NADA, Texas Automotive Dealers Assn. challenge FTC Ruling


Why the NADA and Texas Automotive Dealers Association's Challenge Against the FTC Vehicle Shopping/CARS Rule is a Win for Consumers

Adapted from the Greater Cincinnati Automobile Dealers Association Wednesday Weekly Newsletter. 

The National Automobile Dealers Association (NADA) and the Texas Automobile Dealers Association (TADA) have recently filed a court challenge to the FTC's Vehicle Shopping (VSR) / Combatting Auto Retail Scams Trade Regulation (CARS) Rule. The rule imposes unnecessary and significant burdens on dealers, making the car shopping and buying experience more complex, time-consuming, and expensive for millions of Americans each year. This results in excessive paperwork, additional costs, and increased complexity that can make buying a car more difficult for consumers.

In response, NADA and TADA filed a motion in the U.S. Court of Appeals for the 5th Circuit to stay the July 30 rule's effective date. This move was anticipated, given the challenges the rule presents to dealers. The rule became a final rule just before the holidays, leaving dealers less than eight months to comply with the burdensome requirements outlined in the 12-page rule and the accompanying 358 pages of comments.

Even though there is no direct approach to the FTC concerning agency regulations, the FTC Act allows plaintiffs to directly request compensation from a federal appellate court instead of starting the procedure with a lower district court. NADA and TADA asked the court to cancel or modify the rule, stating that it would add extensive time, complexity, paperwork, and expenses to the car purchasing process for tens of millions of Americans.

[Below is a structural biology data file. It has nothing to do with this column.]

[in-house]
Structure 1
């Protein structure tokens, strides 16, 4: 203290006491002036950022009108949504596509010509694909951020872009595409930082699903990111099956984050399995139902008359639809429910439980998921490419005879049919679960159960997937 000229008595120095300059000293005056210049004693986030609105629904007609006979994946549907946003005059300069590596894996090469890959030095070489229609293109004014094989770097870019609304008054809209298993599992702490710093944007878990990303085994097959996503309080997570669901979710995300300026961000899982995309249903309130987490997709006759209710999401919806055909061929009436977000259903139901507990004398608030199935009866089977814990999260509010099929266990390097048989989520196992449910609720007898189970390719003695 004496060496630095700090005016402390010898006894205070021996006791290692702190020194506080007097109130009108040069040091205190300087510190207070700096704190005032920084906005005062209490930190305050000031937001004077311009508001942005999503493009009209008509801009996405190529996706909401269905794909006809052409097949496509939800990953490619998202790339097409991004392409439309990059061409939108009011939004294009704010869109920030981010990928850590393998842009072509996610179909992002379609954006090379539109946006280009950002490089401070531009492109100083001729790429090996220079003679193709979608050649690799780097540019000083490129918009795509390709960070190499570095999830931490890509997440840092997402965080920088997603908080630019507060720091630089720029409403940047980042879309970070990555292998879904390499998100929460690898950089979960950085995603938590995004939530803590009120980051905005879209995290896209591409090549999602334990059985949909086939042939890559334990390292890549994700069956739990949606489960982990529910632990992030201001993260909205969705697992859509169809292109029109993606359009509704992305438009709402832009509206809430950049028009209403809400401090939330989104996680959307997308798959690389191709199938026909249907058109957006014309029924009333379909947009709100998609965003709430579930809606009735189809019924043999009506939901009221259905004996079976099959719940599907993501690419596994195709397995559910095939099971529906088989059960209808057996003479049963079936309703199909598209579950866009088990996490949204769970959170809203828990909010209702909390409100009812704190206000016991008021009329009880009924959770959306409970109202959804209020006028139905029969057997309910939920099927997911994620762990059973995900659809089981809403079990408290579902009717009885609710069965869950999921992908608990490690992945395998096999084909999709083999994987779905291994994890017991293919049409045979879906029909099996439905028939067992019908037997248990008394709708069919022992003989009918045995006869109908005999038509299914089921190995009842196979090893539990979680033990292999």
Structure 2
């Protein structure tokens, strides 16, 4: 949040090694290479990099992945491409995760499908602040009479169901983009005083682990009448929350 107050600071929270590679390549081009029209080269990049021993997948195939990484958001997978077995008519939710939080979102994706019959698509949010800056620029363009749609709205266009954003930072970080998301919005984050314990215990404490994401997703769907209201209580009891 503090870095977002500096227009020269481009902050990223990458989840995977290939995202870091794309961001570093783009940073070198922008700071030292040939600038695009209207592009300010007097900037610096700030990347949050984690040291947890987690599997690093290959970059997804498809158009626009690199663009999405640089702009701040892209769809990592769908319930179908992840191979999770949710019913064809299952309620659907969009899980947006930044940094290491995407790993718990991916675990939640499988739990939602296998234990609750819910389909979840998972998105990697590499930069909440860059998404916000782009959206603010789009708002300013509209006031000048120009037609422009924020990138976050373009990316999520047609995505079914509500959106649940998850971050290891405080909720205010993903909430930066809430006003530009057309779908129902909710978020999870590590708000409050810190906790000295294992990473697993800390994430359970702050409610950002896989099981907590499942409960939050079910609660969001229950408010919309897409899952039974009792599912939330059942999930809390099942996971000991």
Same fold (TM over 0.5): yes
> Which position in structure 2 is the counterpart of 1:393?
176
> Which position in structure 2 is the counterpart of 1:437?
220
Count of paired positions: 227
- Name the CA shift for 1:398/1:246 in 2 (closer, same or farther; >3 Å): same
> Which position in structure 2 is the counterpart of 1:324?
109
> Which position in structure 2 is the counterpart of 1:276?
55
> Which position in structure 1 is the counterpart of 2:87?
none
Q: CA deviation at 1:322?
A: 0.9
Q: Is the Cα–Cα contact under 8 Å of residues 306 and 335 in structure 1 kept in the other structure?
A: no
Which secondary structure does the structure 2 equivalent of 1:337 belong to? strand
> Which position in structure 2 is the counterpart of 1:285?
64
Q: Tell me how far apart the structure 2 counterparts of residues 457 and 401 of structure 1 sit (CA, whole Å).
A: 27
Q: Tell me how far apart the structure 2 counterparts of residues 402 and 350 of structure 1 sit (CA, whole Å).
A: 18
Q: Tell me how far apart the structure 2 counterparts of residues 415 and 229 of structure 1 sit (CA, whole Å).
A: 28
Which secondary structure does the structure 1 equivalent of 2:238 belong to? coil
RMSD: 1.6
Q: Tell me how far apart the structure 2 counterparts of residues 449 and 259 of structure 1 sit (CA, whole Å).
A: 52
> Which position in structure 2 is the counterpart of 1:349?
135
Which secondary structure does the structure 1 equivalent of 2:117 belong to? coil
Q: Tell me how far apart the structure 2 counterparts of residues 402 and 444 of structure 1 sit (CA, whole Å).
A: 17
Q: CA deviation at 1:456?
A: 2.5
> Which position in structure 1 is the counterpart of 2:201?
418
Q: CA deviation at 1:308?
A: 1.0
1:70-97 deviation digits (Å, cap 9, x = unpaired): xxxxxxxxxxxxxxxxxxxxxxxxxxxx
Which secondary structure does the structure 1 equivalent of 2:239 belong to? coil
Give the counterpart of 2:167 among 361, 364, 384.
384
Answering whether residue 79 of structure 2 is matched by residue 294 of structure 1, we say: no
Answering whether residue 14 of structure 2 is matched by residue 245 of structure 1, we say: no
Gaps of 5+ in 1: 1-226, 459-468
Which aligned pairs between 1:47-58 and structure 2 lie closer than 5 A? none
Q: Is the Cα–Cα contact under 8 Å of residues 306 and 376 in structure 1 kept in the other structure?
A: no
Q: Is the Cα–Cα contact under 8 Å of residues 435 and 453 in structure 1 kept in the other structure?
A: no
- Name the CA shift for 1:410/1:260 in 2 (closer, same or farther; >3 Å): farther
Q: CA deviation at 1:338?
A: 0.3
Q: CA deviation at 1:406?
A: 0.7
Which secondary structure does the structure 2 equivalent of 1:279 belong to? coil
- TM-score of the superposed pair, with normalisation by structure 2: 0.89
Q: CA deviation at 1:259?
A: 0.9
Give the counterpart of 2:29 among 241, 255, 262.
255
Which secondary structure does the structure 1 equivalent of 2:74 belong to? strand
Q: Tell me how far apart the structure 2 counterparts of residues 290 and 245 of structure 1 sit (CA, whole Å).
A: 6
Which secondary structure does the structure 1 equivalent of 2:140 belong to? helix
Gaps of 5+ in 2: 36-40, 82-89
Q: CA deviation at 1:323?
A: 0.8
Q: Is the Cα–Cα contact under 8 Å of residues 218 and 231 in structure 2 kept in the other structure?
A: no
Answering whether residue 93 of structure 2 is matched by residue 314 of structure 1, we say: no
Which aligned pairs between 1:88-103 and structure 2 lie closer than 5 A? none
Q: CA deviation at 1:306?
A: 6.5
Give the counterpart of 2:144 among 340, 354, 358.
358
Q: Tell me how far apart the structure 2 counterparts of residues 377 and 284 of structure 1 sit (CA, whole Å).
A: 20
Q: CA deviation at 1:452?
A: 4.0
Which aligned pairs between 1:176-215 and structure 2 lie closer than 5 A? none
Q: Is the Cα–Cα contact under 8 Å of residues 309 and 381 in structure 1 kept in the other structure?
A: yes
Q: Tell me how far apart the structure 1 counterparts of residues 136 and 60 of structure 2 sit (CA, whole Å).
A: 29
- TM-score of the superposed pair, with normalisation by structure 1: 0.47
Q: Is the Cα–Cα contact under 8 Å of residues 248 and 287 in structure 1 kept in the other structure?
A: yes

After a court challenge, the Federal Trade Commission (FTC) issued an Order to delay the effective date of a new rule. The delay is pending the outcome of a judicial review. However, the FTC disagreed with the National Automobile Dealers Association (NADA) and the Truck Association Dealers Association (TADA) about the rule's impact. The FTC argued that the rule does not impose significant costs on the industry. Additionally, any additional fees are outweighed by the benefits for consumers.

Despite the FTC's Order, NADA and TADA remain defiant and seek expedited consideration of the Petition for Review. If that request is granted, a stay of the effective date pending expedited review should not postpone implementation of the rule by more than a few months.

Given the uncertainty regarding its ultimate fate, members should continue to familiarize themselves with the rule and its requirements. NADA continues to pursue legislative challenges, including the "FTC REDO Act" and a House Oversight Committee investigation into the FTC's proposed Vehicle Shopping Rule. As the situation develops, we will continue to share news about this necessary litigation.

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